Choosing an Executor
A New York State Executor is appointed by the Surrogate’s Court. Typically, the Executor is named in the decedent’s Will and is appointed by the Court when the Will is admitted to probate.
The Executor’s job is to collect the decedent’s assets, wind-up the decedent’s affairs, pay all taxes, debts and claims and, finally, distribute the net estate in accordance with the directions in the Will. While this may appear straightforward, there are many complexities involved in each estate and an Executor in New York has many legal responsibilities regarding the settling of a decedent’s estate.
When preparing an Estate Plan, a person should select an Executor whom they are confident will carry out the provisions in the Last Will and advance the creators intentions regarding estate beneficiaries. The Executor is appointed after the Will is admitted to Probate. In the absence of a Will, the Court appoints an Administrator to settle a decedent's estate.
Probate is the court process by which a Last Will is validated by the Court. After a Will is admitted to probate, the Court issues Letters Testamentary to the appointed Executor. This is the certificate that is given to banks and other third parties which shows that the Executor is authorized to act on behalf of the estate. When a person dies intestate, Letters of Administration are issued to the Administrator. An Administrator is selected according to the provisions that are contained in New York Surrogate's Court Procedure Act Section 1001. This statute provides the list of persons who have priority to being appointed as Administrator beginning with a surviving spouse, and then children, and grandchildren and moving downward to more distant relatives.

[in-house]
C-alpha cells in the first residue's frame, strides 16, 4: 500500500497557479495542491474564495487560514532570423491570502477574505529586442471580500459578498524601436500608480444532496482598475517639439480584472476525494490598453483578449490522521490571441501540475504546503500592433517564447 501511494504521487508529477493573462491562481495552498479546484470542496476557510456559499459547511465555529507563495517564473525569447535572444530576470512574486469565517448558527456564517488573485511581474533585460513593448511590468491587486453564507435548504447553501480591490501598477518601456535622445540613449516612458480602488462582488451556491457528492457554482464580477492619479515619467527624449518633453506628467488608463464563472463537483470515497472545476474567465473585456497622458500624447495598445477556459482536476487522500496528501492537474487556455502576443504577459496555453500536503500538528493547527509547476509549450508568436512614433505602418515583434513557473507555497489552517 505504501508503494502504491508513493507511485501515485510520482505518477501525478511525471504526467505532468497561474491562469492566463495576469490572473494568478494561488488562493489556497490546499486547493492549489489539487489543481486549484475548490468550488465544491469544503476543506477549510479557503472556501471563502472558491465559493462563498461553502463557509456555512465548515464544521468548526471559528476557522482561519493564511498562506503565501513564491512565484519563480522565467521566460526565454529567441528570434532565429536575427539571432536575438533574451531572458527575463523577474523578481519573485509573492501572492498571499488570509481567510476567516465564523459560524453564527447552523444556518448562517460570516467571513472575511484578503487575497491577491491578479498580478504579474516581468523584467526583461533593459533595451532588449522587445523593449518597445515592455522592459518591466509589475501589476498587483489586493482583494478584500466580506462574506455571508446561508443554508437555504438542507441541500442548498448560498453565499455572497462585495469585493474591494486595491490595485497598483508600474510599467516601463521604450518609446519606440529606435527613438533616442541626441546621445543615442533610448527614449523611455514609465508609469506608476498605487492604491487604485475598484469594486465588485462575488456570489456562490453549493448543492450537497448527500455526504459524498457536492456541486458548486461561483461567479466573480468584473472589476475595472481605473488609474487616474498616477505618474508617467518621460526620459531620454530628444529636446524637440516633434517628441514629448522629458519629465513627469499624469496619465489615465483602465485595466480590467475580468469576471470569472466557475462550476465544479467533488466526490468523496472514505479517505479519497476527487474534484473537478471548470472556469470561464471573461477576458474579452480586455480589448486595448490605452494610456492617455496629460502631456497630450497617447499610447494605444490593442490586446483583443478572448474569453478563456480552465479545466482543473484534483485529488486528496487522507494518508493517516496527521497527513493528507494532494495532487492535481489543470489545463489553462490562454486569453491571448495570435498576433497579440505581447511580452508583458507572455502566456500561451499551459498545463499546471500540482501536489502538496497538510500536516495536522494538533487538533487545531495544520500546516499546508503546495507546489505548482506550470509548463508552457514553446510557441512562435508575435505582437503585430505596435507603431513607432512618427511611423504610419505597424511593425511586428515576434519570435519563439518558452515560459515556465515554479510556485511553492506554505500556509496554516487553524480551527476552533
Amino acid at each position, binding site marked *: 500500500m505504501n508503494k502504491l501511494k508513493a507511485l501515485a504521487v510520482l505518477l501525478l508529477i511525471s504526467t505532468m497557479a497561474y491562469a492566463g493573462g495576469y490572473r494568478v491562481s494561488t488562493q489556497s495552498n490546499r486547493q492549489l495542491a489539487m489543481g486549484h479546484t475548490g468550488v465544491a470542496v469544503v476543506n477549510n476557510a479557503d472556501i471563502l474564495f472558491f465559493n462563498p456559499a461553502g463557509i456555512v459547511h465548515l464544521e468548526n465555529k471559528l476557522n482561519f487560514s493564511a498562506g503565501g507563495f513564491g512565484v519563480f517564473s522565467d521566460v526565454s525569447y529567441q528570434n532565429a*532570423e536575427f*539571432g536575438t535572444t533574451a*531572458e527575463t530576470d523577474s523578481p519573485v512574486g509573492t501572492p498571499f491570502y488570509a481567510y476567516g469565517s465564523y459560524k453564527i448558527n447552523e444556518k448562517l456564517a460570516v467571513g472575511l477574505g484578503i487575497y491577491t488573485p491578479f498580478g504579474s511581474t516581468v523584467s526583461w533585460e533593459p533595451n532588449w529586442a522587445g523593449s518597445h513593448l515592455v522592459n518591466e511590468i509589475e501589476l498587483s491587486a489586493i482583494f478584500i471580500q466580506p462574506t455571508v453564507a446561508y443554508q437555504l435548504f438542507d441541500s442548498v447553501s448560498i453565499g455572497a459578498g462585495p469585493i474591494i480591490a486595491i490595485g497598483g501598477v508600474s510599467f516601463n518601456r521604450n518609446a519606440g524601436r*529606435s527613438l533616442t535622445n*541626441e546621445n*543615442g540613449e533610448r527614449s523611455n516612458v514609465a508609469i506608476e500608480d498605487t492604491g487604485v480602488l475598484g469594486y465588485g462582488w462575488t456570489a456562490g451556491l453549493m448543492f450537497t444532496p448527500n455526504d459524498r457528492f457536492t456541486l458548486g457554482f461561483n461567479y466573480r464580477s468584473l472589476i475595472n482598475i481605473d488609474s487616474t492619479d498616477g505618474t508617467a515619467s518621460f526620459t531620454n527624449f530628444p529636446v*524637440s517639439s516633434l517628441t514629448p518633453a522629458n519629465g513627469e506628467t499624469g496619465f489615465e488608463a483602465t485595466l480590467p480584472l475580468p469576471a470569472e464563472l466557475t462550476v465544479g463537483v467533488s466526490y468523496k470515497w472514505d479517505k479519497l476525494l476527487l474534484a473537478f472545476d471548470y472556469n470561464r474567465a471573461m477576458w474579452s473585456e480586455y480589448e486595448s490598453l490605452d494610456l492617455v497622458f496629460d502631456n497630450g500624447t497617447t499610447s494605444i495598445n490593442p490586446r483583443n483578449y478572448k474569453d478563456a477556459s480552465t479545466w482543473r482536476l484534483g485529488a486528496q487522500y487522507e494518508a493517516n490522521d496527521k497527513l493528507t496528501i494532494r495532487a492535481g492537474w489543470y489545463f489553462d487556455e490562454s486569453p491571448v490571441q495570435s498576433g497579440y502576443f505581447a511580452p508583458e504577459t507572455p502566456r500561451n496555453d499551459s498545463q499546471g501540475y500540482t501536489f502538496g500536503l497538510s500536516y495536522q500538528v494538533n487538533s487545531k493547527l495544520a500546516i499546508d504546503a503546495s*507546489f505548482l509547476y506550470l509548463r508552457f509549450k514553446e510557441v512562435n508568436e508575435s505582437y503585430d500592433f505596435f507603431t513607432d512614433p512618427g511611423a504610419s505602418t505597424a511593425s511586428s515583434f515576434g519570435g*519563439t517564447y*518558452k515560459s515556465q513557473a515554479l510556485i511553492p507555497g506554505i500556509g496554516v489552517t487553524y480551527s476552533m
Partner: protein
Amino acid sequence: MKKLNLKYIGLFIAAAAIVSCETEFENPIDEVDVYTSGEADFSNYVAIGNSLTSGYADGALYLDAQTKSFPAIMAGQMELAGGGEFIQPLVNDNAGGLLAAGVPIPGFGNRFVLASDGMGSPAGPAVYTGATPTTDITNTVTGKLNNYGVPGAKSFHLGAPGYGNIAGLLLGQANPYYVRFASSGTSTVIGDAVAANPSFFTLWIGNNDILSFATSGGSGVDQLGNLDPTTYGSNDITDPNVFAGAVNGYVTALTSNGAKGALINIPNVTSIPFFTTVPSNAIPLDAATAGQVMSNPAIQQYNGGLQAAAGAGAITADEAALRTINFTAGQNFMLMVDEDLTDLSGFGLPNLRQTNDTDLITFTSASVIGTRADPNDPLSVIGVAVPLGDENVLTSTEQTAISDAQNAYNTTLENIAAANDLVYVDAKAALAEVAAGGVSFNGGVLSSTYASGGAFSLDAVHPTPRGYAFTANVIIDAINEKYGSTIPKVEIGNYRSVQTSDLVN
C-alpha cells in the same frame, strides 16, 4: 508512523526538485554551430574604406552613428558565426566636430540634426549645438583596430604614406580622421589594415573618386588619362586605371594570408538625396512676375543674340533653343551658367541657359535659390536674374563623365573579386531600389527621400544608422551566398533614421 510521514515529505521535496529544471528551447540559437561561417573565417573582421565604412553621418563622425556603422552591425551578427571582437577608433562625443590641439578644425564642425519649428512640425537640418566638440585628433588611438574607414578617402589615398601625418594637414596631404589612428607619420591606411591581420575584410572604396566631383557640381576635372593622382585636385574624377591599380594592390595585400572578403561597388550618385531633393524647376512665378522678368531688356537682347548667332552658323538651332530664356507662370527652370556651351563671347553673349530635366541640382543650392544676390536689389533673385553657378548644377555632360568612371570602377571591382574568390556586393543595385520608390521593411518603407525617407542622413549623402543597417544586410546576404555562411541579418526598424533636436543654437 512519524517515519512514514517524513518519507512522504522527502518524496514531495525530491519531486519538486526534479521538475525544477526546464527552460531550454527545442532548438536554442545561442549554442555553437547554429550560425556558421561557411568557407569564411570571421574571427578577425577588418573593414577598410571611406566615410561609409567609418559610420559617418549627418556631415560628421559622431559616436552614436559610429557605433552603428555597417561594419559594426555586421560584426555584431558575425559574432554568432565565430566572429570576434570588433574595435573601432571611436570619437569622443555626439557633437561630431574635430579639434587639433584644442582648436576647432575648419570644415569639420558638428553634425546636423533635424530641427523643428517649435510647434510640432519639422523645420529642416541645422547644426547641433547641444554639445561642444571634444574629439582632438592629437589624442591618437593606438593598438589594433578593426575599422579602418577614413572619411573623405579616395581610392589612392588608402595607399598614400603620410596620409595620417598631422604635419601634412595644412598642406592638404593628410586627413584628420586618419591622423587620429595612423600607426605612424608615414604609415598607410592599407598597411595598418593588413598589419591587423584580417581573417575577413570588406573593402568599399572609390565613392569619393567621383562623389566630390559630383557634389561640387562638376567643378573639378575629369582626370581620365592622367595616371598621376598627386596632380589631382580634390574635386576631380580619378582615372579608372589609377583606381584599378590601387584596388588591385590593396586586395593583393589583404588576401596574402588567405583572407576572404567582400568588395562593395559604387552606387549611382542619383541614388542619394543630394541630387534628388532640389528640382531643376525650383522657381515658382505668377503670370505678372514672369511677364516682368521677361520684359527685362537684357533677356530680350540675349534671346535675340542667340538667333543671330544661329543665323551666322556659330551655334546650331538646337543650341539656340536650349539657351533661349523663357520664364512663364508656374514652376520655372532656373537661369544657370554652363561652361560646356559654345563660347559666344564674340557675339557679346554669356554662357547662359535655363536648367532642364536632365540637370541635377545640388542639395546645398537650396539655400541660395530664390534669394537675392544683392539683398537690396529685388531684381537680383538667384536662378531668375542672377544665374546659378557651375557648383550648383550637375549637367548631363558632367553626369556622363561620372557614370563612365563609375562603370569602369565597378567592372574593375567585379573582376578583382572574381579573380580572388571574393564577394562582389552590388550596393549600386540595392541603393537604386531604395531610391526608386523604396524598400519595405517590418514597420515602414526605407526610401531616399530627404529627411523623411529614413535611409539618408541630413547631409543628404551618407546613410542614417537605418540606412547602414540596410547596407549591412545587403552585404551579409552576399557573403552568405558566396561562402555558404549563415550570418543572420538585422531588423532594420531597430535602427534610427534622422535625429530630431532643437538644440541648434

Both an Executor and Administrator have a great deal of authority and responsibility regarding the administration of an estate. They may be personally responsible if the estate suffers losses or damage. As estate fiduciaries, they have duties of fair dealing regarding beneficiaries and they cannot take advantage of estate assets or situations for their personal benefit. When an Executor or Administrator or a Trustee acts improperly he may be found to have breached his fiduciary duties. Many types of proceedings in Surrogate's Court concern situations regarding a breach of fiduciary responsibility.
When a fiduciary is ready to conclude the administration of an estate or trust, an Accounting of all transactions is prepared and provided to the beneficiaries for approval. If there are objections to the accounting, the matter can be resolved by the Court.
I am an attorney and have represented many New York Executors in probate proceedings. I assist my clients with all aspects of probate and estate settlement services. I work closely and personally with executors in New York State to probate and settle an estate efficiently and quickly.
For personalized attentive service and a free case evaluation you can contact me by telephone: (212) 355-2575, fax: (212) 751-5911 or fill out my contact form. I look forward to talking with you.